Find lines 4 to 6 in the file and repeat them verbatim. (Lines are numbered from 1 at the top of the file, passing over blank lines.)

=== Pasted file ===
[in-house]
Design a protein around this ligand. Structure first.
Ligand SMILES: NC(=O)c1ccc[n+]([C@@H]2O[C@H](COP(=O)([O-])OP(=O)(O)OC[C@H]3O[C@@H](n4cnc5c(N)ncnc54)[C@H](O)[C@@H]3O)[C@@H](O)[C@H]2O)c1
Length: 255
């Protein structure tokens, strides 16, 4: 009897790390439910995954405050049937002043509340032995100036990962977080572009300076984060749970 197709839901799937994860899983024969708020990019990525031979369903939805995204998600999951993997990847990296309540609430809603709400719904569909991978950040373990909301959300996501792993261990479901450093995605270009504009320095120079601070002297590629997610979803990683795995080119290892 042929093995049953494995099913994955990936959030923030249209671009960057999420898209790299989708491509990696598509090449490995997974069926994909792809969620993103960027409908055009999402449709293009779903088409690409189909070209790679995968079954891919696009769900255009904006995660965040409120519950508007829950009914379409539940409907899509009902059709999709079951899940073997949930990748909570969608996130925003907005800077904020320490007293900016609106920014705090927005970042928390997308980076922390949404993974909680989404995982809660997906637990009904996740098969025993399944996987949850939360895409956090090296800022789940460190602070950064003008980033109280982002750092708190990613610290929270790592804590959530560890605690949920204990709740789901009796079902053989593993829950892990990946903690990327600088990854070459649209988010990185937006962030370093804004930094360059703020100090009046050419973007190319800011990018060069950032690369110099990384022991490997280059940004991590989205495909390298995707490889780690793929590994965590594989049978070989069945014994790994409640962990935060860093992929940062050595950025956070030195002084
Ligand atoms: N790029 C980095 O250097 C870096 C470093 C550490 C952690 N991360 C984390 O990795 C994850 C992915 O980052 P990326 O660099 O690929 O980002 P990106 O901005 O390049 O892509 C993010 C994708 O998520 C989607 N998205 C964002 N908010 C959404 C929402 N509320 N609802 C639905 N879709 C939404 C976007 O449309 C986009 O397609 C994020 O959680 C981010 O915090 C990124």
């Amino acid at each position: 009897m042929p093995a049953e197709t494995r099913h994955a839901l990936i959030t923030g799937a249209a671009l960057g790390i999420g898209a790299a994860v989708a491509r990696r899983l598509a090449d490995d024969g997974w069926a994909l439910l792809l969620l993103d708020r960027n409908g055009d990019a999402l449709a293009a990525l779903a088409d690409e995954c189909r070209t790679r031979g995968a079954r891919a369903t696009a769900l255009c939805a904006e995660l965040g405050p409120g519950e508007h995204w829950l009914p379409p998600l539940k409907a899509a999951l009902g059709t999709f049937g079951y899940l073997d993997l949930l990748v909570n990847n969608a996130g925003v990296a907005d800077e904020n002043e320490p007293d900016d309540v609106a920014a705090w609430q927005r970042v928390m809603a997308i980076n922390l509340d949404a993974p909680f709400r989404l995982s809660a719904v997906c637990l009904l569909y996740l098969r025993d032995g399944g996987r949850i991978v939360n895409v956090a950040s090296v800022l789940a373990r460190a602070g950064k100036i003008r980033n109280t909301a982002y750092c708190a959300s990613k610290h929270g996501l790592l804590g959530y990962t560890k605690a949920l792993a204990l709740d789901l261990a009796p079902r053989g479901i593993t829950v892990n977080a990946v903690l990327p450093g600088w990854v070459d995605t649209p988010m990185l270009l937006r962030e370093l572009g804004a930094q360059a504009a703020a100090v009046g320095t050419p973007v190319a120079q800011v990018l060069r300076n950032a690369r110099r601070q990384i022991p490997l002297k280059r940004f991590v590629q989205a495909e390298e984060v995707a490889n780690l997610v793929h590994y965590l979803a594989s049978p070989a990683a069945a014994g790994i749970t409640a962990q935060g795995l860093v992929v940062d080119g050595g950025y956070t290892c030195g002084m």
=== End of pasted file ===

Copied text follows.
Length: 255
């Protein structure tokens, strides 16, 4: 009897790390439910995954405050049937002043509340032995100036990962977080572009300076984060749970 197709839901799937994860899983024969708020990019990525031979369903939805995204998600999951993997990847990296309540609430809603709400719904569909991978950040373990909301959300996501792993261990479901450093995605270009504009320095120079601070002297590629997610979803990683795995080119290892 042929093995049953494995099913994955990936959030923030249209671009960057999420898209790299989708491509990696598509090449490995997974069926994909792809969620993103960027409908055009999402449709293009779903088409690409189909070209790679995968079954891919696009769900255009904006995660965040409120519950508007829950009914379409539940409907899509009902059709999709079951899940073997949930990748909570969608996130925003907005800077904020320490007293900016609106920014705090927005970042928390997308980076922390949404993974909680989404995982809660997906637990009904996740098969025993399944996987949850939360895409956090090296800022789940460190602070950064003008980033109280982002750092708190990613610290929270790592804590959530560890605690949920204990709740789901009796079902053989593993829950892990990946903690990327600088990854070459649209988010990185937006962030370093804004930094360059703020100090009046050419973007190319800011990018060069950032690369110099990384022991490997280059940004991590989205495909390298995707490889780690793929590994965590594989049978070989069945014994790994409640962990935060860093992929940062050595950025956070030195002084
Ligand atoms: N790029 C980095 O250097 C870096 C470093 C550490 C952690 N991360 C984390 O990795 C994850 C992915 O980052 P990326 O660099 O690929 O980002 P990106 O901005 O390049 O892509 C993010 C994708 O998520 C989607 N998205 C964002 N908010 C959404 C929402 N509320 N609802 C639905 N879709 C939404 C976007 O449309 C986009 O397609 C994020 O959680 C981010 O915090 C990124």